Swarm Huddles: Bringing together a diverse team of healthcare Professionals to rapidly assess, communicate and coordinate actions after an incident

Following a successful After Action Review (AAR) webinar hosted in January by the Patient Safety Collaborative Team at Health Innovation Manchester,  the second lunchtime Learning Response Toolkit webinar took place in February and this time the focus was Swarm huddles. Rebecca Williams, Project Officer for the Patient Safety Collaborative, shares her reflections and learnings from the webinar.

As part of the plethora of PSIRF documentation, a Learning Response Toolkit is shared in which the standard Patient Safety Incident Investigation (PSII) is complimented by a number of other innovative response methods, including After Action Review (AAR), Swarm Huddles and MDT reviews.

I hadn’t heard of Swarm huddles before. I’ve previously come across huddles and safety huddles but never Swarm, so I went about researching them on the internet and I was surprised and enlightened by what I found.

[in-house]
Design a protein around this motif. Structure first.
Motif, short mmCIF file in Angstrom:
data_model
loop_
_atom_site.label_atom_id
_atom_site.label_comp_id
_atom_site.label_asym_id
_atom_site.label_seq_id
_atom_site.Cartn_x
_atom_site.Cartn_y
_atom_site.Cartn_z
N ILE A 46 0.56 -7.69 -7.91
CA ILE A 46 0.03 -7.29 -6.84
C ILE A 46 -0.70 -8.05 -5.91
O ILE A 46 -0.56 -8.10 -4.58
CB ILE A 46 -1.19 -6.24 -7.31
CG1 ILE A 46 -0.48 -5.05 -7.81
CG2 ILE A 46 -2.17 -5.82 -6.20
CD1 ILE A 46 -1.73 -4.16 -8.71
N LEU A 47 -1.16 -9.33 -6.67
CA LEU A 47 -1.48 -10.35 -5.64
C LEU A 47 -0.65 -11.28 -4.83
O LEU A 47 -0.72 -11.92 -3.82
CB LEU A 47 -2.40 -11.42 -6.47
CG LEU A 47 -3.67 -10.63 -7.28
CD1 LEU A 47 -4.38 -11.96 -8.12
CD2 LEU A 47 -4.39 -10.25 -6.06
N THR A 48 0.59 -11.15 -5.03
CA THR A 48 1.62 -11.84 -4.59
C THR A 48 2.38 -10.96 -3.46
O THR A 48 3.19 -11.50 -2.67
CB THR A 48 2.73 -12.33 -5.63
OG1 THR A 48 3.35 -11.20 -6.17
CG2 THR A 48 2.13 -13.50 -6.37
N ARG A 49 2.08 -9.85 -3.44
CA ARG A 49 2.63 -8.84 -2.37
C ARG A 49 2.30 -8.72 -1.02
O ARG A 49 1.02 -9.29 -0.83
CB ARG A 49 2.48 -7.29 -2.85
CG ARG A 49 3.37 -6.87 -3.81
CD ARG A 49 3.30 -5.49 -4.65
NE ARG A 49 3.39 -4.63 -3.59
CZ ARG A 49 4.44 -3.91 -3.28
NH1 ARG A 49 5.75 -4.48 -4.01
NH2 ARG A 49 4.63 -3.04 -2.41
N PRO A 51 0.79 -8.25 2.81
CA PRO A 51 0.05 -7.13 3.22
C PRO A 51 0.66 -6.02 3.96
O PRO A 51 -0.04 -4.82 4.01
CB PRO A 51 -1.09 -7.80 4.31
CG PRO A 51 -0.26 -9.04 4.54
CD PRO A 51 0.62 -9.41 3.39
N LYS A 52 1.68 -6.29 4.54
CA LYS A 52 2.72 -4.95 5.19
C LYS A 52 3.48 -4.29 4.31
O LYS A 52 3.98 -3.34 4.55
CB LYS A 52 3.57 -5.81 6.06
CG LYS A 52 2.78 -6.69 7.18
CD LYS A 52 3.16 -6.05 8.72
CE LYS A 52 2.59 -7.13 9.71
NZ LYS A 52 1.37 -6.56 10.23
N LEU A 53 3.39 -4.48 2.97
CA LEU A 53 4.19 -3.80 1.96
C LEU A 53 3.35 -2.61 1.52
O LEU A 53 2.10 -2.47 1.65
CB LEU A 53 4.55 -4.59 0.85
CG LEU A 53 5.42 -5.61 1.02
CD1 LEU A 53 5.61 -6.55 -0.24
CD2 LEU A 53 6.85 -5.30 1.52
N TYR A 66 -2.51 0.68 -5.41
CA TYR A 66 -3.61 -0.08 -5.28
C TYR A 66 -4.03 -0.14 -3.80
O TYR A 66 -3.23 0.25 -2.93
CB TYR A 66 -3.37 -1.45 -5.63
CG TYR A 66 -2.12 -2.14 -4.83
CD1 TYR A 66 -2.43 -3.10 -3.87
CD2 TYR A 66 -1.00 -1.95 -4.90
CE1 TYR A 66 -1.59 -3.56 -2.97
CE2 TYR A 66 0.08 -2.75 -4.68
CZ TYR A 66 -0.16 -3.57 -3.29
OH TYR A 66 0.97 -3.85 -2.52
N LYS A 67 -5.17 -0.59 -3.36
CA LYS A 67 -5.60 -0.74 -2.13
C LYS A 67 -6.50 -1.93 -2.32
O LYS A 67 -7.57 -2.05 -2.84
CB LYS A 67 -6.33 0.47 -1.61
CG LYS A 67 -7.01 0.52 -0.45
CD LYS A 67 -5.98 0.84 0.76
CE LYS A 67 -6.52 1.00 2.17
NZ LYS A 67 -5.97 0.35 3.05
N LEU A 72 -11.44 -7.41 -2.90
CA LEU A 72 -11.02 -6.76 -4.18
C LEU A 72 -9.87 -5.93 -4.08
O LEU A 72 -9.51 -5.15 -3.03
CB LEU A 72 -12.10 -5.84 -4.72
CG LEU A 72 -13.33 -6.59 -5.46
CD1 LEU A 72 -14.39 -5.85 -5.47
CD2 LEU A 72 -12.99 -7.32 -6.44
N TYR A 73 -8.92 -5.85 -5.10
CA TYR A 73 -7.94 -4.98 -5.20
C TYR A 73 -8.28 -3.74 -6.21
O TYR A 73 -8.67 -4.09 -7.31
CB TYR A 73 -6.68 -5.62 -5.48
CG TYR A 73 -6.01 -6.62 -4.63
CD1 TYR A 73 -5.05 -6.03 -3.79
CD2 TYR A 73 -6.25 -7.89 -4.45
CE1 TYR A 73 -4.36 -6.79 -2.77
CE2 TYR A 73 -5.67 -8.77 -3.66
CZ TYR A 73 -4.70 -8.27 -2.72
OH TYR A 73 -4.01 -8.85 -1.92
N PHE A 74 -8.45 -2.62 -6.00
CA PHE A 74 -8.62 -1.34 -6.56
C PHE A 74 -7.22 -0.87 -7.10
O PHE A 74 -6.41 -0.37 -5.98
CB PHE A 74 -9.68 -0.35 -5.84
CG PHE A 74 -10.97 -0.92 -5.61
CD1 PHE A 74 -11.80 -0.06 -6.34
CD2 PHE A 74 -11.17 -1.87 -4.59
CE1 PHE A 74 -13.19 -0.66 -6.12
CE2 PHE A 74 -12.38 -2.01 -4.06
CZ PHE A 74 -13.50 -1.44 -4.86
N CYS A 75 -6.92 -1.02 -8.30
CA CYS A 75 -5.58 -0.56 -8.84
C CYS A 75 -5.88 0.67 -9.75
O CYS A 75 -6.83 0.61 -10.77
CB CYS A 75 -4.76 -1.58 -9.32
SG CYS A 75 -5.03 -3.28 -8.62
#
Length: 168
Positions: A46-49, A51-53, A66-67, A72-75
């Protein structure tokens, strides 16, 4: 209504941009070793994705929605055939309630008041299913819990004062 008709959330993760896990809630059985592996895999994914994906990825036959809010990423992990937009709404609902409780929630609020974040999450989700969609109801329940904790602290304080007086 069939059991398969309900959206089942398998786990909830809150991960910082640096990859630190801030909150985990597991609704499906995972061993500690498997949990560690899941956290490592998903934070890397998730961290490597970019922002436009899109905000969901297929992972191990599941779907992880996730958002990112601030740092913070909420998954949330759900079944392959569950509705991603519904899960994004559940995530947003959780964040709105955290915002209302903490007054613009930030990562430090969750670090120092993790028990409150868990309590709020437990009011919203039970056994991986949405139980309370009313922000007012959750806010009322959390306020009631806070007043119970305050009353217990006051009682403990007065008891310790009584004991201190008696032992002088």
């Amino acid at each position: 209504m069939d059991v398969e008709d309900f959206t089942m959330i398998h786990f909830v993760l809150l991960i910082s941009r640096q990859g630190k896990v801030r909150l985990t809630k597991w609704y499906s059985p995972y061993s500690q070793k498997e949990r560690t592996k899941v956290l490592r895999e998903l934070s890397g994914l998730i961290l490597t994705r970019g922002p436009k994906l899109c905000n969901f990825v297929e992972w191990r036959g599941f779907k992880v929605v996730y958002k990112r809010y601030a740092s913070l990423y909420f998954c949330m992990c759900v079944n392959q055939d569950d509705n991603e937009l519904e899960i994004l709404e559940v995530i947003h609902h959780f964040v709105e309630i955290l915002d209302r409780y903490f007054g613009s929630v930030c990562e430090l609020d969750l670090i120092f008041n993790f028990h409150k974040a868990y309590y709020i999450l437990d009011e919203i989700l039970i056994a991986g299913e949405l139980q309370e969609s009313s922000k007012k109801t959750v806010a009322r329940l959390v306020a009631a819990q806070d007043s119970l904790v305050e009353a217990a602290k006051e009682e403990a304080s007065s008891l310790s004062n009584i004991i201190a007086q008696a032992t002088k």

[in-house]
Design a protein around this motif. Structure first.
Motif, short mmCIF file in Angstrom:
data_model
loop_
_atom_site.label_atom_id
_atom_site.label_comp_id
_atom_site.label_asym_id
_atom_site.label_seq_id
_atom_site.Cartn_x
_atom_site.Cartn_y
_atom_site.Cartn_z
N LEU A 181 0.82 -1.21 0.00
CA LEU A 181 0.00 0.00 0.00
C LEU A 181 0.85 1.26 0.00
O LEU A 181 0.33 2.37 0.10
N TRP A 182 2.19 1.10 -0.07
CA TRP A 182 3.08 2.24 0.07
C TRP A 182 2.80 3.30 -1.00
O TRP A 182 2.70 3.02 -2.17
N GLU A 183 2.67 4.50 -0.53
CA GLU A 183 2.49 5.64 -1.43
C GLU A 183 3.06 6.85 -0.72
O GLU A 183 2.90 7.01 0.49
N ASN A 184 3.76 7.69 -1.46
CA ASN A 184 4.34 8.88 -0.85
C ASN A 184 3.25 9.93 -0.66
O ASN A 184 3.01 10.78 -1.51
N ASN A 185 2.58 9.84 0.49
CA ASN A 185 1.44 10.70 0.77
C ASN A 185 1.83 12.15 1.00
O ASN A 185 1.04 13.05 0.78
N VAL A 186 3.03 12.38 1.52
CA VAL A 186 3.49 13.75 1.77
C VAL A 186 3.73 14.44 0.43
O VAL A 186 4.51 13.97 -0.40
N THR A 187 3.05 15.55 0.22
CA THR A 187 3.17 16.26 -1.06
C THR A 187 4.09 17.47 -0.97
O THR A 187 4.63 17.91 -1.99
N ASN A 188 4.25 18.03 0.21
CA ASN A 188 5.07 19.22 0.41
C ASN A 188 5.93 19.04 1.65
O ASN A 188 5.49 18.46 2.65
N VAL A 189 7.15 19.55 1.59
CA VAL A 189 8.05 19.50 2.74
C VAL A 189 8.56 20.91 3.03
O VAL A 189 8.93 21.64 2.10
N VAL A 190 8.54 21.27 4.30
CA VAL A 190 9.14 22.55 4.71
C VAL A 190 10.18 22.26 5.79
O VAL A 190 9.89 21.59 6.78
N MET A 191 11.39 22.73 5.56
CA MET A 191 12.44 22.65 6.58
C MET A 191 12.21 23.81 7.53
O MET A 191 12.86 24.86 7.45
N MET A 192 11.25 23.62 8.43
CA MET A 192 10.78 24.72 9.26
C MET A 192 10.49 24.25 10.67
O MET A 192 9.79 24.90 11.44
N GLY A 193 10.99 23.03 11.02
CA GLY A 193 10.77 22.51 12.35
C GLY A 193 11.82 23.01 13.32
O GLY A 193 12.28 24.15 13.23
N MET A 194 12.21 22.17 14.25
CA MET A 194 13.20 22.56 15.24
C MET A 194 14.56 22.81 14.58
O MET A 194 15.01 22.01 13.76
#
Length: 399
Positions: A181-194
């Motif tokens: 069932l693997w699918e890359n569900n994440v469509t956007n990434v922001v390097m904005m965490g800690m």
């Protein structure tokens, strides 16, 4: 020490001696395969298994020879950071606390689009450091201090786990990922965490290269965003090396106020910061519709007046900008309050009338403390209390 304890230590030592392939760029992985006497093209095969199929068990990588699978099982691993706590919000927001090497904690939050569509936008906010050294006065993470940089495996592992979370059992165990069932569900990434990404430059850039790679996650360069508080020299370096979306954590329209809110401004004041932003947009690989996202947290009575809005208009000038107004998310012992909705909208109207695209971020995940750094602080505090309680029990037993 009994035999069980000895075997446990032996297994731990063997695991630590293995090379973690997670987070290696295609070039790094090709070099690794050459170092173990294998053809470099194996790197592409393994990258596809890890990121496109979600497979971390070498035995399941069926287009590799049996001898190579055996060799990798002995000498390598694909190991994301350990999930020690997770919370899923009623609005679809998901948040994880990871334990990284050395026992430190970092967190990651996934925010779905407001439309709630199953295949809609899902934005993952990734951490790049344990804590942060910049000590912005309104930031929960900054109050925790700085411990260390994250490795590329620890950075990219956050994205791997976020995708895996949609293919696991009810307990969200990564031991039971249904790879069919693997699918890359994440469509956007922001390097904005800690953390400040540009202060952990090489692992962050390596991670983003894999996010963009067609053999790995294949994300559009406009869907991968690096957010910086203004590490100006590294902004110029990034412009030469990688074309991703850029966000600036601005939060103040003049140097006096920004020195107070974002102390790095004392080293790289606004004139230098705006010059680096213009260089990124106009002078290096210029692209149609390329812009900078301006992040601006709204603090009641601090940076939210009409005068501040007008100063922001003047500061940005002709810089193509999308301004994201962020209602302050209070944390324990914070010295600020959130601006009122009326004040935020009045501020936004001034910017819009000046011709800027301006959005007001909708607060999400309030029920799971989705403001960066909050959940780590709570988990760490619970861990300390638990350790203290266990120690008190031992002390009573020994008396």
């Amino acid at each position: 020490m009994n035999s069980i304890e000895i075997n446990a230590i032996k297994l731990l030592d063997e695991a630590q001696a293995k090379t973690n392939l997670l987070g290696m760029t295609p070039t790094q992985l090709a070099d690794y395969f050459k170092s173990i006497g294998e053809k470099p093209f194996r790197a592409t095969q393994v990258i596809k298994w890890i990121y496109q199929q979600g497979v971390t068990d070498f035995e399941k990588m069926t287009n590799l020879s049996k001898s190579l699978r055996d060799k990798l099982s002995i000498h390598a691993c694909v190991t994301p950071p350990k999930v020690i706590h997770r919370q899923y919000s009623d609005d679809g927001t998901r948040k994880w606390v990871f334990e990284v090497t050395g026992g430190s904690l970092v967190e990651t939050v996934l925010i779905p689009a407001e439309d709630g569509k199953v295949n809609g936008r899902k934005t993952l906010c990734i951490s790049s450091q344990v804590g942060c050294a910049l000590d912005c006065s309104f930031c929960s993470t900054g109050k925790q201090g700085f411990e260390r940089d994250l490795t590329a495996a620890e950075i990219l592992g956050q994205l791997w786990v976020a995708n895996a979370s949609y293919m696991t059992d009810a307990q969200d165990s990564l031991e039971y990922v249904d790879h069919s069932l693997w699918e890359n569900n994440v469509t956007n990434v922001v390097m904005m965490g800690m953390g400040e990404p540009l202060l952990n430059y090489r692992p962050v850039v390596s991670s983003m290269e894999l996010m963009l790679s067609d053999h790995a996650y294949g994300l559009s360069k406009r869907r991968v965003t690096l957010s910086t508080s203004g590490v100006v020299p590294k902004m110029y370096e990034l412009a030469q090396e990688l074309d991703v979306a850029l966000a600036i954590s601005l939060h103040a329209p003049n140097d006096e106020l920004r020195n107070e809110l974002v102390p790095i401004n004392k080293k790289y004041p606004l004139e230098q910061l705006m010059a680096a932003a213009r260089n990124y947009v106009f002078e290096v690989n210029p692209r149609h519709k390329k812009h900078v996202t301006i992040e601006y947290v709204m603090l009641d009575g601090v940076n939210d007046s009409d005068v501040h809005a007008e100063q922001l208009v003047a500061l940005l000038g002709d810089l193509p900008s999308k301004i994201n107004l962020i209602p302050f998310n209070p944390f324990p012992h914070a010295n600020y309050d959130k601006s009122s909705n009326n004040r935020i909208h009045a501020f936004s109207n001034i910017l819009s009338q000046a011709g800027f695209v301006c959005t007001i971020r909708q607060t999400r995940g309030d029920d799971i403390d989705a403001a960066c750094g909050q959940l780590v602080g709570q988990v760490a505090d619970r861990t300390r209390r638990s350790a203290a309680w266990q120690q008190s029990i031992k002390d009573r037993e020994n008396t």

I had assumed Swarm was an acronym, as we know the NHS likes a good acronym!  But no, it is actually taken from nature i.e. what birds, bees and even fleas do.  So why are we looking at birds and bees to help us with managing incidences? Well, they act collectively (collective intelligence is greater than that of individuals) conjoining their efforts in behaviours such as vigilance and foraging for their survival.

The main element that I really like about Swarm is that it is used immediately after any individual event (ideally within 48 hours).  The staff ‘swarm’ to the site of the incident to discuss its cause and how to prevent it from recurring by asking what,  why, and  how?  Therefore, you have rapid and immediate learning from the team when it is still fresh in people’s minds.  It brings together the people directly involved in the event and a multidisciplinary team to rapidly assess, communicate and coordinate actions to address the incident. The Swarms should be quick and take approximately 30 to 60 minutes.  It is also key for it to be carried out in a blame-free environment and to allow all staff to have a say in how to make improvements.  The purpose is to identify lessons learned and develop immediate actions for improvement.

The webinar was very well received, with over 90 people attending.  There was an opportunity for peers to discuss how they have approached Swarm and what they have learned which generated rich discussions and peer support which we plan to develop further at future sessions, watch this space!

If you would like to learn more about Swarm, the presentation delivered by Stuart Kaill, Programme Development Lead, Health Innovation Manchester and the webinar recording can be found on FutureNHS.

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